As the necessity to lower costs and supercharge efficiency becomes evermore prevalent, operations teams are increasingly looking to squeeze every last drop out of their technology investments.
With this in mind, our latest In Profile feature meets Bhavesh Vaghela, CMO at the management process automation software company ActiveOps.
The UK-founded company helps organisations turn operational management from a guessing game into a source of efficiency and value. Its solutions are utilised by teams in Europe, the Middle East, India, Africa, North America and Australia.
Vaghela is a seasoned senior marketing executive with more than two decades of experience in strategic leadership, marketing, sales and operations.
Here he discusses ActiveOps’ applicability within the active operations management (AOM) landscape, its journey to becoming a globally-recognises brand and how his career trajectory has led him to tackle some of the fintech industry’s most pressing issues head-on.
Bhavesh, tell us more about your company and its purpose
Simply put, we help operations teams do more with what they have. Operations teams are constantly under pressure to reduce costs and drive efficiency, all while maintaining a great customer experience. However, this feat is easier said than done.
Many have invested in all sorts of technology and process principles to help drive efficiency but still find themselves struggling to meet service-level agreements (SLAs) and operational targets. That’s where we come in – through our software and approach we help our clients find capacity and enable them to use it much better.
Our clients typically see customer turnaround times and productivity improved significantly improved with work in progress materially down. Clients also leverage the capacity created to invest in non-core activity and reduce levels of new recruitment.
Ultimately, our clients often talk about how they are now in control of their workload, rather than feeling reactive to it. That’s our aim and purpose.
Any recent company achievements you’d like to highlight?
Financial crime is one area we’ve been working on for some time now. Typically anti-money laundering (AML) and know-your-consumer (KYC) processes require skilled analysts; analysts that are hard to come by and even harder to retain. Add an unstructured method of managing cases with a growing backlog and you have yourself a big challenge for cybersecurity departments.
It impacts individuals, major corporations, small businesses and the public sector – and costs the UK billions of pounds each year.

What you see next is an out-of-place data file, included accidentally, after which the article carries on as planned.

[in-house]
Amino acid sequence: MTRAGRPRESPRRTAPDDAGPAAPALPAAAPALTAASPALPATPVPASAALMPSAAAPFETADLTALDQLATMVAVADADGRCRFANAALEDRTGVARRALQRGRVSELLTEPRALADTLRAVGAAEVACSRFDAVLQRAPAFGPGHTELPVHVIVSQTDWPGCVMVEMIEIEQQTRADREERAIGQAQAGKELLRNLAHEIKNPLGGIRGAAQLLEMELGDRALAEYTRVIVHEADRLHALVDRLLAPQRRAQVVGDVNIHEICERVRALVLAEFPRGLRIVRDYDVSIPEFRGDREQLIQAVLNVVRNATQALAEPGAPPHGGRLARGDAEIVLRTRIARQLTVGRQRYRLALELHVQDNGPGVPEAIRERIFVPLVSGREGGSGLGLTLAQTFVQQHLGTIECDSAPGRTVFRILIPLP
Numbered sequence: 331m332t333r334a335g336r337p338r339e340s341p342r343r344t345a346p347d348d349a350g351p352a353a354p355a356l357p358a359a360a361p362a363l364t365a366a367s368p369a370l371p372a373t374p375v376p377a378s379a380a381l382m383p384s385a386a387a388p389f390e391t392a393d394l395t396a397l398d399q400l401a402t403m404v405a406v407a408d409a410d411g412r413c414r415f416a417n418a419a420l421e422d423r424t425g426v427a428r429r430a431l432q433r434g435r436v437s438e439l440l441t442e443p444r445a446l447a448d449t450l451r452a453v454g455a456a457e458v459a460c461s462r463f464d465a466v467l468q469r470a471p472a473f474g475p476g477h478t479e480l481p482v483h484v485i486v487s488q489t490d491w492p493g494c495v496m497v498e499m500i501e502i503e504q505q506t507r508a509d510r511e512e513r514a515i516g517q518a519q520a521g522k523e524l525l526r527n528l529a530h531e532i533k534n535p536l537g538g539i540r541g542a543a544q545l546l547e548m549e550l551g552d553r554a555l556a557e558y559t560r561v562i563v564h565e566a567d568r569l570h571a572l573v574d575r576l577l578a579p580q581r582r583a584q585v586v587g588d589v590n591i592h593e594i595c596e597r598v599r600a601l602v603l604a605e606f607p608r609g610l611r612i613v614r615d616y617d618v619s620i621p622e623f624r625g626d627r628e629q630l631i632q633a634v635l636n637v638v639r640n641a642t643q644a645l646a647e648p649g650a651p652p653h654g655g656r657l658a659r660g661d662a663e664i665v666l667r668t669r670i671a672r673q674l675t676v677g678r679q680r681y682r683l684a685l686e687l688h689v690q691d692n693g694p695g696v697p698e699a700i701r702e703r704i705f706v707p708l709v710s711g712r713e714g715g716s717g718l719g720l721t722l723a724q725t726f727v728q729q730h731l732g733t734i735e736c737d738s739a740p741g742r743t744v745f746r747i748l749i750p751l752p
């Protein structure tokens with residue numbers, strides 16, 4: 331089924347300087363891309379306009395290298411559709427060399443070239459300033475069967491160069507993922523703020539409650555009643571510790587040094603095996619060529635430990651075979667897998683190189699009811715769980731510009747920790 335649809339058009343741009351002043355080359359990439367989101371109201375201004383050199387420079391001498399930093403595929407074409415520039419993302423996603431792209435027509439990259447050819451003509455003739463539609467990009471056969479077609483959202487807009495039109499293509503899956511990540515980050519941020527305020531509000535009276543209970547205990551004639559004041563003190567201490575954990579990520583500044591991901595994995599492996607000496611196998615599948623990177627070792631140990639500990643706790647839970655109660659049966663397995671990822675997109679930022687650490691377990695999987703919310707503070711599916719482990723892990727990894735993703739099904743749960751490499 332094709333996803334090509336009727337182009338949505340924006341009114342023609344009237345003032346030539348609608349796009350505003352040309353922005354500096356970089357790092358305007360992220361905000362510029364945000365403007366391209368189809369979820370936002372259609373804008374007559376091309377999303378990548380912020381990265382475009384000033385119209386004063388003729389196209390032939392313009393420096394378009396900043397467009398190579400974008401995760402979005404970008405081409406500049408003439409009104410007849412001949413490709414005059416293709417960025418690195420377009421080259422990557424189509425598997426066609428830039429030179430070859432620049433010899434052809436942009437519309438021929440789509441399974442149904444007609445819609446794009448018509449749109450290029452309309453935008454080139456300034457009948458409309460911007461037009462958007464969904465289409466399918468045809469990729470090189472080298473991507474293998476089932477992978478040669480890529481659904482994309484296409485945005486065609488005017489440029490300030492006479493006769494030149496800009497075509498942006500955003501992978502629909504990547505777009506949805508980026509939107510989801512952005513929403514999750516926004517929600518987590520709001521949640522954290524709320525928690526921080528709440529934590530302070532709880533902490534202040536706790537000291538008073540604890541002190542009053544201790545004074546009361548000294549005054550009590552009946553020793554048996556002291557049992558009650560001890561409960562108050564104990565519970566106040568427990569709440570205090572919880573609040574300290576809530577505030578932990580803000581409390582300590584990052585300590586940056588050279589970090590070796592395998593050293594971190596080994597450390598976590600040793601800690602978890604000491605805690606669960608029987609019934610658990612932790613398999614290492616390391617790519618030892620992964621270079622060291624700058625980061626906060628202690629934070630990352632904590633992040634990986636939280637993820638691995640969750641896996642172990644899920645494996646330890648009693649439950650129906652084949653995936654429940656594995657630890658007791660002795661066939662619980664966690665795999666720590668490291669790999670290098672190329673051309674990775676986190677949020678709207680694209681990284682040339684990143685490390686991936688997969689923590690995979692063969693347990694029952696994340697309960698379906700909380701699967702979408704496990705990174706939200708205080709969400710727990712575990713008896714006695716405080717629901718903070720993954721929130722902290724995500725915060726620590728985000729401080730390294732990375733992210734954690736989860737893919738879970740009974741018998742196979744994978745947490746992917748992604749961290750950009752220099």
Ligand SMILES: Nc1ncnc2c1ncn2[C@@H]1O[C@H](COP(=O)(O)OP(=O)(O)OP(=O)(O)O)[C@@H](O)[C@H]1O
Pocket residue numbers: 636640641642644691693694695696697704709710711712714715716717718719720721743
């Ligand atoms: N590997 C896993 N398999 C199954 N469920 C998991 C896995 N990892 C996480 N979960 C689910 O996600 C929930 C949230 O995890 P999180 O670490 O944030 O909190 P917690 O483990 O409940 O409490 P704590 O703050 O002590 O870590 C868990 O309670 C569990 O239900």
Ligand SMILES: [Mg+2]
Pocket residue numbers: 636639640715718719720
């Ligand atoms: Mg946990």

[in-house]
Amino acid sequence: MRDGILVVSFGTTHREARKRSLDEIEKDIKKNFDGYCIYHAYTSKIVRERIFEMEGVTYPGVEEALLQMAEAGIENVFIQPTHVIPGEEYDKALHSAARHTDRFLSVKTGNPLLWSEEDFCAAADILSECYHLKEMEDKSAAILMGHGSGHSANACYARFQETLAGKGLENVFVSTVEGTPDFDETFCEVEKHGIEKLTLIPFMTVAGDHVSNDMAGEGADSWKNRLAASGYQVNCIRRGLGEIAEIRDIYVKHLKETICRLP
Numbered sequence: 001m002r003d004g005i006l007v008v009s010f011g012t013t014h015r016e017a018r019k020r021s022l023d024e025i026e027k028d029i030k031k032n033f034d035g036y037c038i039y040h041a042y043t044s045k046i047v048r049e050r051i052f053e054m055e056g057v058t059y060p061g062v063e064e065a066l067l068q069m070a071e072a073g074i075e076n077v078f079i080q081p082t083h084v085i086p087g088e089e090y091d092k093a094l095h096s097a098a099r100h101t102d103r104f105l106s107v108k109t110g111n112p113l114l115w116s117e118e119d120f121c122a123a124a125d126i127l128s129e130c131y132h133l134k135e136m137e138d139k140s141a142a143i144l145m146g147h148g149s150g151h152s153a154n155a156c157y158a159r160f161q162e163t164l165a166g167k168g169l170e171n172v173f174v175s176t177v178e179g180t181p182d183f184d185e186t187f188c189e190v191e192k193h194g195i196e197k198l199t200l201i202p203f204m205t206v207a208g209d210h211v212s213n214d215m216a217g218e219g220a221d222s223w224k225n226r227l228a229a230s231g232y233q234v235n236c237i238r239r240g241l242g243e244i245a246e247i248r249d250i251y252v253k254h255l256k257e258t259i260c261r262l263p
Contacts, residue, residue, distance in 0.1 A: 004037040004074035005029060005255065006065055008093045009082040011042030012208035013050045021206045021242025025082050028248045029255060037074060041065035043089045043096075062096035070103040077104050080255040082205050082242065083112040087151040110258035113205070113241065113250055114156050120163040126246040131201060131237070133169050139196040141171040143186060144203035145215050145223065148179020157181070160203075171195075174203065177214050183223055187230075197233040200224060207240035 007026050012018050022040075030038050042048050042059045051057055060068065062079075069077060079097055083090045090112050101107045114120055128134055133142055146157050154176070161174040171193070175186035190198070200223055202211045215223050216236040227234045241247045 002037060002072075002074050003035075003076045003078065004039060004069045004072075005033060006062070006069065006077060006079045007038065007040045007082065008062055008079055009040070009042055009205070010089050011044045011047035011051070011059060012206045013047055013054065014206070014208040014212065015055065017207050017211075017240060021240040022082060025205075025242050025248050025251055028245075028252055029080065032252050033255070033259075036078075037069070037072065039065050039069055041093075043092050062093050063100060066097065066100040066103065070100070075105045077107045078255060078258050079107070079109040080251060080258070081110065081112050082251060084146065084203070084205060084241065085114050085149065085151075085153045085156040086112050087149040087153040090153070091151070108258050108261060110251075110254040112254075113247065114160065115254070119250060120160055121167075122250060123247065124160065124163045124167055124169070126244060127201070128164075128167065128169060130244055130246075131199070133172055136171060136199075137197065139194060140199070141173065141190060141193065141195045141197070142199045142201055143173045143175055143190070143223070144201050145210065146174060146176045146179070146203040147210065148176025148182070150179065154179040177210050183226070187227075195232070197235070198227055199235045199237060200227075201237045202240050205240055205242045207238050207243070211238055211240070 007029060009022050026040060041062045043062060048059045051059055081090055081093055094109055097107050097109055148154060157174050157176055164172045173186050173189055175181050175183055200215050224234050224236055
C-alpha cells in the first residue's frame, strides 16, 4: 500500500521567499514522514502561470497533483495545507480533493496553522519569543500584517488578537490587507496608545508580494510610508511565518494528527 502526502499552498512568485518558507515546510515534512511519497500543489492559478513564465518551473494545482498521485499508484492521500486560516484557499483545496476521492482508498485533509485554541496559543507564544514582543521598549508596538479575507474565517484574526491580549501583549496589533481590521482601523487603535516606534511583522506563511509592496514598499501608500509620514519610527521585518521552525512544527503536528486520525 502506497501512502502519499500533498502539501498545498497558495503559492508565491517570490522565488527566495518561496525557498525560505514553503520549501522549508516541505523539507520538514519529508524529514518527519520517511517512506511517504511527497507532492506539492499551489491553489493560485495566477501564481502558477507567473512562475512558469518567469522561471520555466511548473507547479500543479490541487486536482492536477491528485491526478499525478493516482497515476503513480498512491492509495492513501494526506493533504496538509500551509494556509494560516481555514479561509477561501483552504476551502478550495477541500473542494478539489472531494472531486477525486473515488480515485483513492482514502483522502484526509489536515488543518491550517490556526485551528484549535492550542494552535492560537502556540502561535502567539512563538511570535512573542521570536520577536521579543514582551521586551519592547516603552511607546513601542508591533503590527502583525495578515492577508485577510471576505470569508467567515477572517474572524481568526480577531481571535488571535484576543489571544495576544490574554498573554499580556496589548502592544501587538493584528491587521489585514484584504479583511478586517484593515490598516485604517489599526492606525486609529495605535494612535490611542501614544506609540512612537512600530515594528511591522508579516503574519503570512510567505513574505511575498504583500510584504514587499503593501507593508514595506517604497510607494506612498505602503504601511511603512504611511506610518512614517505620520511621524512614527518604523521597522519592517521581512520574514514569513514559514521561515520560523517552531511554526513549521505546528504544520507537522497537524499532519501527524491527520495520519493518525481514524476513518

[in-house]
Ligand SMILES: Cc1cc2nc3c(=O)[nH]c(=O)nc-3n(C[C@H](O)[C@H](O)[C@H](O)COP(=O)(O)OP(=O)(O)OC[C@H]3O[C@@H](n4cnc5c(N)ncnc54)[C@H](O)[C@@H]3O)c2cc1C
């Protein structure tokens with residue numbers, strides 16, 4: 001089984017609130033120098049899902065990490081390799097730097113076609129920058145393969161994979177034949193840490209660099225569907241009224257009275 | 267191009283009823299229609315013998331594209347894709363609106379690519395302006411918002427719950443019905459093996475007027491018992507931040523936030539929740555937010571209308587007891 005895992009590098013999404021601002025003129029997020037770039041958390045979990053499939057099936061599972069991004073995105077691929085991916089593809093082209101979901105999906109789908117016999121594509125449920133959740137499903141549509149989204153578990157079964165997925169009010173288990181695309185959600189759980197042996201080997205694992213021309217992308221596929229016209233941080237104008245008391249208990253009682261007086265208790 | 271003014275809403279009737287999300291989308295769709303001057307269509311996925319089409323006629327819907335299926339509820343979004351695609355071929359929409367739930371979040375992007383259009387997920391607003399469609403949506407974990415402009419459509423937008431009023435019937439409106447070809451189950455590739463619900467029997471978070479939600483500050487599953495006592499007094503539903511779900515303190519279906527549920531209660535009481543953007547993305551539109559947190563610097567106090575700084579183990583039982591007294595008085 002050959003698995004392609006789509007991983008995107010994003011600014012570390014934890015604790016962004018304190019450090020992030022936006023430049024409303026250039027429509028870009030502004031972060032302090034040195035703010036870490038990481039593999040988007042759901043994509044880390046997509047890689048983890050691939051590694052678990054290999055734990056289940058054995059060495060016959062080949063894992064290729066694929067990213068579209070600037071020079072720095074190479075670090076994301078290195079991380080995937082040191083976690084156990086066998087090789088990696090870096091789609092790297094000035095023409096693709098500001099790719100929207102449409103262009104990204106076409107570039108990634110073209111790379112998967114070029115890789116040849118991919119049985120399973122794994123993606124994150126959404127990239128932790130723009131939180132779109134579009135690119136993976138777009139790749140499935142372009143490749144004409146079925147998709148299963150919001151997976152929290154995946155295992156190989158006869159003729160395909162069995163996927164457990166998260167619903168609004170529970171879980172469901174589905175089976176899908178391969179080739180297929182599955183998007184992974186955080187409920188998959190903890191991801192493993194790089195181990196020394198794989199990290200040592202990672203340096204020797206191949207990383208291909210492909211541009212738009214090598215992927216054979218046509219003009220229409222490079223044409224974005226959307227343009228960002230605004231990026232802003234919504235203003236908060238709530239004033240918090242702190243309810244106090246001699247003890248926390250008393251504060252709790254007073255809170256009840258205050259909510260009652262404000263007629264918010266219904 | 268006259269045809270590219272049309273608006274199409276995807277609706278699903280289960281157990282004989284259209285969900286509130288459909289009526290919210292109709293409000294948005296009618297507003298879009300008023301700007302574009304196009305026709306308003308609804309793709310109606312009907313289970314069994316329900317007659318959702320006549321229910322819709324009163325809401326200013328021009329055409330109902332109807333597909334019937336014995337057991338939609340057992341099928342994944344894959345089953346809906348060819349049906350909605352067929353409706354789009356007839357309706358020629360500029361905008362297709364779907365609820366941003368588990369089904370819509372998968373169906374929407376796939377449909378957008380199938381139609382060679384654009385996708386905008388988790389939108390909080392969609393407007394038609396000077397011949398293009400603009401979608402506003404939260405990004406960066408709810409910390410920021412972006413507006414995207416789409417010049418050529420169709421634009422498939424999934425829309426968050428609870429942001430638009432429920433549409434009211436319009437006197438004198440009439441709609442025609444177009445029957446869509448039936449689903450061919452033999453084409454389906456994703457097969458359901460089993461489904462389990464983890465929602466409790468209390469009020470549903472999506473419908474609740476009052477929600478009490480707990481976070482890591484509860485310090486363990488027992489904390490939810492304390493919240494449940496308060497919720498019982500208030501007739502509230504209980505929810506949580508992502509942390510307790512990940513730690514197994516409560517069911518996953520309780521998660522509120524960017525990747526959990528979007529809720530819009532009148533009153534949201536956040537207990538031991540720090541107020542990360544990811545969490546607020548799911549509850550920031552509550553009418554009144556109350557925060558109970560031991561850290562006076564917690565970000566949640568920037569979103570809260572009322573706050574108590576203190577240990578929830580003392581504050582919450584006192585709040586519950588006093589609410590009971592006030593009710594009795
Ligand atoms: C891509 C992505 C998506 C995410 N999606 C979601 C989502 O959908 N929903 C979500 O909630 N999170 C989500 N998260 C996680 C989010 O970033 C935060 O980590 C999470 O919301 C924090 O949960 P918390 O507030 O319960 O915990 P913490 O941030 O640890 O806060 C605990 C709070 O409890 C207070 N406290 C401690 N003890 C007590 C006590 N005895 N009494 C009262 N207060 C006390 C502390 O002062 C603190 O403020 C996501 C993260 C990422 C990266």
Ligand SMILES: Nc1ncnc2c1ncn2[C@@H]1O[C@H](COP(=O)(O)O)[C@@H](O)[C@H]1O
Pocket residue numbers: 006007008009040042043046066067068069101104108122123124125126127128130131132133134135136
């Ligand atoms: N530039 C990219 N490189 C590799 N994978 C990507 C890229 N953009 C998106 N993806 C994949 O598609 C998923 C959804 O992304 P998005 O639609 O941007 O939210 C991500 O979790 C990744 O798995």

For us, the question was how can we help our clients find practical ways to drive more value from the resources they have rather than bang the ‘you’ll be fined’ drum. That’s what our new CaseworkIQ product does. It sits on a bank’s existing case management platform and provides visibility on what cases need to be worked on and in what order.
It sounds simple but is very easy for cases to suck up resources with little insight into cases that are at risk of falling foul of regulation.
The early signs are very encouraging. In a recent pilot deployment, CaseworkIQ delivered a 24 per cent improvement in productivity within a UK bank.
What are the next key talking points for your industry as a whole?
As we most likely head into a recession, unfortunately, the focus in many boardrooms will turn to review where costs can be cut, where money can be better spent and how operations can be made more efficient.
It will no doubt be a challenging time for all industries. But those who are able to plan early and act in accordance will be best placed to support customers through challenging times.
We have just launched and are crunching through the numbers of a global survey of senior financial services operations leaders. Alongside this, we are also executing an aggressive interview process with senior leaders in the industry. This will provide industry guidance to operations leaders in preparation for tougher economic conditions. This report and survey results will be available in September and presented at our Capacity 22 conference in London.
Technology will have a huge part to play in navigating whatever the future holds, it’s our greatest tool as we look to predict what has long been unpredictable. Visibility over your day-to-day operations will be crucial to allow business leaders to confidently make decisions.